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    I know how to get max value but not min value q b i and ii
    R = SQUARE ROOT 10
    a is 1.25
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    (Original post by koolgurl14)
    I know how to get max value but not min value q b i and ii
    R = SQUARE ROOT 10
    a is 1.25
    The minimum value of \sin(x-\alpha) is -1, so the minimum value of R\sin(x-\alpha) = -R and this occurs precisely when \sin (x-\alpha) = -1 \Rightarrow x - \alpha = \frac{3\pi}{2} or some other reasonable value.
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    Easiest way to do this is to say what value of sin(.....) makes sqrt10 sin(.....) as small as possible. Given as you know that sin(...) ranges from -1 to 1, the smallest value occurs when sin(......) is -1, so the minimum value is -sqrt10. As for the second part, you know that sin(x-1.25)=-1, so just solve for x.
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    (Original post by Zacken)
    The minimum value of \sin(x-\alpha) is -1, so the minimum value of R\sin(x-\alpha) = -R and this occurs precisely when \sin (x-\alpha) = -1 \Rightarrow x - \alpha = \frac{3\pi}{2} or some other reasonable value.
    Hmm what about R>0 or does that not affect the results
    its the right answer btw im just asking why we should ignore the R>0
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    (Original post by koolgurl14)
    Hmm what about R>0 or does that not affect the results
    its the right answer btw im just asking why we should ignore the R>0
    What do you mean by ignoring R>0?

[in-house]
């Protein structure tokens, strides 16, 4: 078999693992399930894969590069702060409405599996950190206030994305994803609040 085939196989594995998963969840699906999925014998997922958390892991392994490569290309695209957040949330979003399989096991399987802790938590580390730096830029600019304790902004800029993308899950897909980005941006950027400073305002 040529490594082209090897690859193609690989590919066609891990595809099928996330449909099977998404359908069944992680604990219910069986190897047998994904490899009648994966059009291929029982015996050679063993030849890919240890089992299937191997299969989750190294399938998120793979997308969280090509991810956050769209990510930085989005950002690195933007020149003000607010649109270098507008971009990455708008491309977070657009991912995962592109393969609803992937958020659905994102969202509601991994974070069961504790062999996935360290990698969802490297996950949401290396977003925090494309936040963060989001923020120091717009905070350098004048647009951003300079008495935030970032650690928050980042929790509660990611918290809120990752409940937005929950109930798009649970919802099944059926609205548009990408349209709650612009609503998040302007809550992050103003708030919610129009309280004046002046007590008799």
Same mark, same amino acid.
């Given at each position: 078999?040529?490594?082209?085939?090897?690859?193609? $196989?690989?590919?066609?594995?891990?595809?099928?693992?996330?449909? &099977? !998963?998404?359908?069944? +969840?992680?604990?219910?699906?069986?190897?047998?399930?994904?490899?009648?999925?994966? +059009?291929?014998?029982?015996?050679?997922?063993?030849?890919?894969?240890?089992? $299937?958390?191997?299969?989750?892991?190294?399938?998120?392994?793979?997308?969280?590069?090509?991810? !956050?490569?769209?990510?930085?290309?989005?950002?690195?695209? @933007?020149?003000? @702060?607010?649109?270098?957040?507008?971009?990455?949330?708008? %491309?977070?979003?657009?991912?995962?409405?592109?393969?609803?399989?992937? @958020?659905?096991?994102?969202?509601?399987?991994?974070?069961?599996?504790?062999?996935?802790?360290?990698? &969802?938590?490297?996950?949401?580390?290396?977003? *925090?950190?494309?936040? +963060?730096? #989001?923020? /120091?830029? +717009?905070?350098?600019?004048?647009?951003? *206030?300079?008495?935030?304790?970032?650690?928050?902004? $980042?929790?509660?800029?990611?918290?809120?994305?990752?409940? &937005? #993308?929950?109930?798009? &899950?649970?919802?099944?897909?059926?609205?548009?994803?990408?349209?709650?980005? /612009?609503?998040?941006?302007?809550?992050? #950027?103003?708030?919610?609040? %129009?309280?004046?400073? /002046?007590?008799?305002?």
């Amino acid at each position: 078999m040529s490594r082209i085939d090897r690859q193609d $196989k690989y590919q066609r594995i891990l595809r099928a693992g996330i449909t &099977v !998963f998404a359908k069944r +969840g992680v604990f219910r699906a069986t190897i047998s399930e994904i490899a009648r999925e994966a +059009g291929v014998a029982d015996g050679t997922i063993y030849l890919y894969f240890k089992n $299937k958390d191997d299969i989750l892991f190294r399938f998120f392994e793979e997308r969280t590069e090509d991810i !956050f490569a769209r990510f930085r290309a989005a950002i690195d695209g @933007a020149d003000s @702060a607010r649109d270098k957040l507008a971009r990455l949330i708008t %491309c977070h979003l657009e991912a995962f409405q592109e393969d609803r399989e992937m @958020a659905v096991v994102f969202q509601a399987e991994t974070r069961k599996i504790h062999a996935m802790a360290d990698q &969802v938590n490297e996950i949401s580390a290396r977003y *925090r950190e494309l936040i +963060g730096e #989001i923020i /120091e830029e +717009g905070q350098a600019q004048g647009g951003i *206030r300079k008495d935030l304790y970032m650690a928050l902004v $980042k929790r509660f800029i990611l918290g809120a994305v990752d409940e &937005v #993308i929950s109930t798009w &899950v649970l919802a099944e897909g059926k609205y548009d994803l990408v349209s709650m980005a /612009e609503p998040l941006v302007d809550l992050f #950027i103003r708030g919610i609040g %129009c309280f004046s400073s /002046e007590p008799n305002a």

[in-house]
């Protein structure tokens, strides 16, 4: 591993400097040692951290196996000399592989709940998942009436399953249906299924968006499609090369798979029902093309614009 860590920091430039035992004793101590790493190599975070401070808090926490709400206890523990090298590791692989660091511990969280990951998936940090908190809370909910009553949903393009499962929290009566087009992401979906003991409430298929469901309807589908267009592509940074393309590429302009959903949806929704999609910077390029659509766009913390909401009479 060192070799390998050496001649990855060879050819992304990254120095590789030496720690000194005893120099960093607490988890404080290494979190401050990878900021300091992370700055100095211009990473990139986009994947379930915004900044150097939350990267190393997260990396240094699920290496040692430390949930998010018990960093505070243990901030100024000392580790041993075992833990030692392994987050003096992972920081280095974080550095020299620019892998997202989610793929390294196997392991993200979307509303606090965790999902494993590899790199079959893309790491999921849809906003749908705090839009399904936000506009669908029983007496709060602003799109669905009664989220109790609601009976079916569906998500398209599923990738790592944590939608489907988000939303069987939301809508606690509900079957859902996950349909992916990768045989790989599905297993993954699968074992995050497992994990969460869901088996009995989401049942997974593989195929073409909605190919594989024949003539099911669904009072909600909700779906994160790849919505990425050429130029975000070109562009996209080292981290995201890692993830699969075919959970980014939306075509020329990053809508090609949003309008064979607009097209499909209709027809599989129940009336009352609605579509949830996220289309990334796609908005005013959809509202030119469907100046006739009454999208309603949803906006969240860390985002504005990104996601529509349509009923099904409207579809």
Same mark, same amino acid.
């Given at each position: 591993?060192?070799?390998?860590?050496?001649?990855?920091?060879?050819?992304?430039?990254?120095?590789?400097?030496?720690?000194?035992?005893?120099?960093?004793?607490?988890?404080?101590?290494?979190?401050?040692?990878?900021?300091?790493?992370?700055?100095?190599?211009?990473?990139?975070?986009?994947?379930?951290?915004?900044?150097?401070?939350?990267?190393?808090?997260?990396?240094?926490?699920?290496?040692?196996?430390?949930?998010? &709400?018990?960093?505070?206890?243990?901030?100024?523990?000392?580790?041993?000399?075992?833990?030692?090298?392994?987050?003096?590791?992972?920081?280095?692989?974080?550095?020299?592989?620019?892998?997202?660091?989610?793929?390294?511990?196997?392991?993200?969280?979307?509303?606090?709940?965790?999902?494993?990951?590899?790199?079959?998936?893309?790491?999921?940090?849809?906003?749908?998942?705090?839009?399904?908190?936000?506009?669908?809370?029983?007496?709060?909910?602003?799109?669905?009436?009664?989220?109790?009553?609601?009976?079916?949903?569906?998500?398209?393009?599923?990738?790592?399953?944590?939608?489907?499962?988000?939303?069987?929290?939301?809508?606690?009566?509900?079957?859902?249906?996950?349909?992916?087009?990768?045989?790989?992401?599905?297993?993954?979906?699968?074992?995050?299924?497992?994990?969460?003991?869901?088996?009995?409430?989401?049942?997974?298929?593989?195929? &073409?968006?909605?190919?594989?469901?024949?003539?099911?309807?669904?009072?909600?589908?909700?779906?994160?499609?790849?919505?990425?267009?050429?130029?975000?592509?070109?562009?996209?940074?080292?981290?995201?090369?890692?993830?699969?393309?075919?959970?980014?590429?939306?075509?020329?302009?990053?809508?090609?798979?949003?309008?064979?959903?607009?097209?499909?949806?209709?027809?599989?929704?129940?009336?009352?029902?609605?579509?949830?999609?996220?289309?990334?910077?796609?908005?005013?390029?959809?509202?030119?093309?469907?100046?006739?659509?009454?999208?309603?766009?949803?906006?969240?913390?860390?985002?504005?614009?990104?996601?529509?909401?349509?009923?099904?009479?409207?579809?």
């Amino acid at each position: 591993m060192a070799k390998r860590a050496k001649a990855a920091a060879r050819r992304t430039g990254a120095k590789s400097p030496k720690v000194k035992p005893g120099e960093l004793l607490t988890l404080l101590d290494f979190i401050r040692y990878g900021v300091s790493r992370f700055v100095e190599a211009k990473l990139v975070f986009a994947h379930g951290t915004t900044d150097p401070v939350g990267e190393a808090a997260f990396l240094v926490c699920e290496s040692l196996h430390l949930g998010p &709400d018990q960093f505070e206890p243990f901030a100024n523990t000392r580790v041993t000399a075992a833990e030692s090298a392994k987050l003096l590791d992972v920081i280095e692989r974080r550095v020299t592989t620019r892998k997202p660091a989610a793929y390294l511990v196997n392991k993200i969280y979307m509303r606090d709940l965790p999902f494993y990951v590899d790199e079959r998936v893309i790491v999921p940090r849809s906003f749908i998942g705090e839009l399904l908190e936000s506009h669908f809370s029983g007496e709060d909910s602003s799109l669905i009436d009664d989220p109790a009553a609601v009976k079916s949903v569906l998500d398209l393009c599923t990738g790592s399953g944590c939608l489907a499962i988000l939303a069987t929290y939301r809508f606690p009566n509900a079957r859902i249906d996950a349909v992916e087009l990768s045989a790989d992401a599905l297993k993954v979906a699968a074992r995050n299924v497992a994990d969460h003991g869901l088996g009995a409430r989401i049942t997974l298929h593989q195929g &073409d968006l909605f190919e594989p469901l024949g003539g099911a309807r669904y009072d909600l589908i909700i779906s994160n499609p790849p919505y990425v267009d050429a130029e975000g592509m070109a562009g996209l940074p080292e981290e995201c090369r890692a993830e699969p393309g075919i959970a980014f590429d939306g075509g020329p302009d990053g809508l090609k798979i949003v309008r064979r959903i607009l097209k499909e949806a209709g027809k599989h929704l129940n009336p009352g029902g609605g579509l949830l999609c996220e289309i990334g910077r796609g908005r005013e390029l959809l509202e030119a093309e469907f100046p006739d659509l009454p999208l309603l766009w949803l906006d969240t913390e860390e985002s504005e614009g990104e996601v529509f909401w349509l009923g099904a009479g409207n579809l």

We have an expression R\sin(x-\alpha). To minimise this, we look at the variable terms and notice that \sin is bounded between -1 (minimum) and 1 (maximum), so to maximise our entire function we pick the minimum sine value and hence say that the minimum of R\sin(x-\alpha) = R(-1) = -R.
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    (Original post by koolgurl14)
    Hmm what about R>0 or does that not affect the results
    its the right answer btw im just asking why we should ignore the R>0
    R>0 only applies to finding the value of R
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    Ahhh I see what you mean its just cause in the question it says the range of R is R>0 so I got confused but I guess its not actual R being less than 0?
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    (Original post by koolgurl14)
    Ahhh I see what you mean its just cause in the question it says the range of R is R>0 so I got confused but I guess its not actual R being less than 0?
    Ohh, it just means that when you do R^2 = 1^2 + (-3)^2 = 10 then you have R = \pm \sqrt{10} but since R > 0 you pick R = \sqrt{10} since -\sqrt{10} < 0
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    (Original post by Zacken)
    Ohh, it just means that when you do R^2 = 1^2 + (-3)^2 = 10 then you have R = \pm \sqrt{10} but since R > 0 you pick R = \sqrt{10} since -\sqrt{10} < 0

    ohhhhhh that makes a lot of sense thanks alot
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    (Original post by koolgurl14)
    ohhhhhh that makes a lot of sense thanks alot
    No problem!
 
 
 
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